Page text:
By Josephine Marcotty
Falls associated with pets have never been addressed in the scientific literature. (Okay, there was one small study.) But today the Centers for Disease Control and Prevention have corrected that omission. It turns out that an average of 86,629 falls a year are caused by pets.
You know what kind of pet we’re talking about.
Yes, the dog. The vast majority of pet falls, 88 percent, happened when owners were either pushed or pulled to the ground by their dogs. Or they tripped over them. Cats caused the rest. Mostly people either tripped over their cats or fell while chasing them. You can read the whole thing published today in excruciating detail here.
Women were twice as likely to be injured as men.
Pet falls were still only a fraction of all falls, about one percent of the tumbles that send about 8 million people a year to the emergency room. But the researchers said that since 43 million households have dogs, and 37.5 million own cats, this is a public health problem.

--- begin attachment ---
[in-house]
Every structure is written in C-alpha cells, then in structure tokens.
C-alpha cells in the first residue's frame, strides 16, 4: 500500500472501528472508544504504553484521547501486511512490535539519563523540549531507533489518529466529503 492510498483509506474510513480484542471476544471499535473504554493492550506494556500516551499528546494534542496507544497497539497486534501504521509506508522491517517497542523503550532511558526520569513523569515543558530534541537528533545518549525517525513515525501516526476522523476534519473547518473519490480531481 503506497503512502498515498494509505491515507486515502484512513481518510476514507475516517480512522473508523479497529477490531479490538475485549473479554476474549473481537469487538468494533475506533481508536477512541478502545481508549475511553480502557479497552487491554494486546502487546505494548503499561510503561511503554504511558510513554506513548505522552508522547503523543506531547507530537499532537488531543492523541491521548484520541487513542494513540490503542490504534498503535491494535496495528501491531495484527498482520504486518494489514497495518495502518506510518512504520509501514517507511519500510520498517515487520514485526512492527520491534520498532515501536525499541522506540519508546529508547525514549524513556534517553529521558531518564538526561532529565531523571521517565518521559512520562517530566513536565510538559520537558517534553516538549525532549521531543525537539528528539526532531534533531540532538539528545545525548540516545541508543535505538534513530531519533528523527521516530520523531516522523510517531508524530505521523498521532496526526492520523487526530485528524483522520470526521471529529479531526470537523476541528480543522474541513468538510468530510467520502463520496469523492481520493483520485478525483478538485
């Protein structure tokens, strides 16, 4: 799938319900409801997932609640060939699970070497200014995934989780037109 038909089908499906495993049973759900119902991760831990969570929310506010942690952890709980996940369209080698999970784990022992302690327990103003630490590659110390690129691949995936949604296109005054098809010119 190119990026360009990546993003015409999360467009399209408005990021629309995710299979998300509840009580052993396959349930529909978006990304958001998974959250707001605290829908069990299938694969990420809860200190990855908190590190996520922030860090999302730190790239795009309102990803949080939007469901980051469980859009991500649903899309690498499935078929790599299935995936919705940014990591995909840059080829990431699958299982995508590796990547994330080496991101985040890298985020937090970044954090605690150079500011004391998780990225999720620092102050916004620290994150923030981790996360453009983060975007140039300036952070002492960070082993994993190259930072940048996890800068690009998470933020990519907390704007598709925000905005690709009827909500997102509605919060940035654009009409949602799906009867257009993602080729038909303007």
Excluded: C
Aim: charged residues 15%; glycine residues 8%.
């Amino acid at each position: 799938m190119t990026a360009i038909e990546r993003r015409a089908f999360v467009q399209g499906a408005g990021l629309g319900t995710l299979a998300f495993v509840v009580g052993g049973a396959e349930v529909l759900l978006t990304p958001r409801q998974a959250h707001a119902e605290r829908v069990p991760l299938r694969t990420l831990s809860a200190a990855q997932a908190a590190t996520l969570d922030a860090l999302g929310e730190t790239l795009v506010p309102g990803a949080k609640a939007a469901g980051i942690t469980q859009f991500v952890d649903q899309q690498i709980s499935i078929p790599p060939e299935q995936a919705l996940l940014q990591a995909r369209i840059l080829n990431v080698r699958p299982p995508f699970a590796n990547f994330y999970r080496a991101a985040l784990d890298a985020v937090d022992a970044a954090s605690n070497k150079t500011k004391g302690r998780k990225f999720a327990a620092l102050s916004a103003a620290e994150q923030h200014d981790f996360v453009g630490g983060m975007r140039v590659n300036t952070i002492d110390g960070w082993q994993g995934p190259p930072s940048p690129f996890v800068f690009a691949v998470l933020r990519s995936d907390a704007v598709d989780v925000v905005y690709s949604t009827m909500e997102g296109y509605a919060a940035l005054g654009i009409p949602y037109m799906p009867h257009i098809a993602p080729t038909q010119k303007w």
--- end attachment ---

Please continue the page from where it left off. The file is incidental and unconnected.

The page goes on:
What’s the solution?
“The development of more effective prevention strategies will require more information about the risks for fiall injury associated with specific pets (including size and breed) and put-human interactions,” they said.
Clearly, a whole new field of public health research awaits.
In the meantime, they recommend — more training! Of course, I’ve never quite figured out if obedience training is for dogs or people. It worked better on me than on my now deceased but beloved ox of a Labrador retriever. I was the one with skinned knees.
What are your pet fall stories?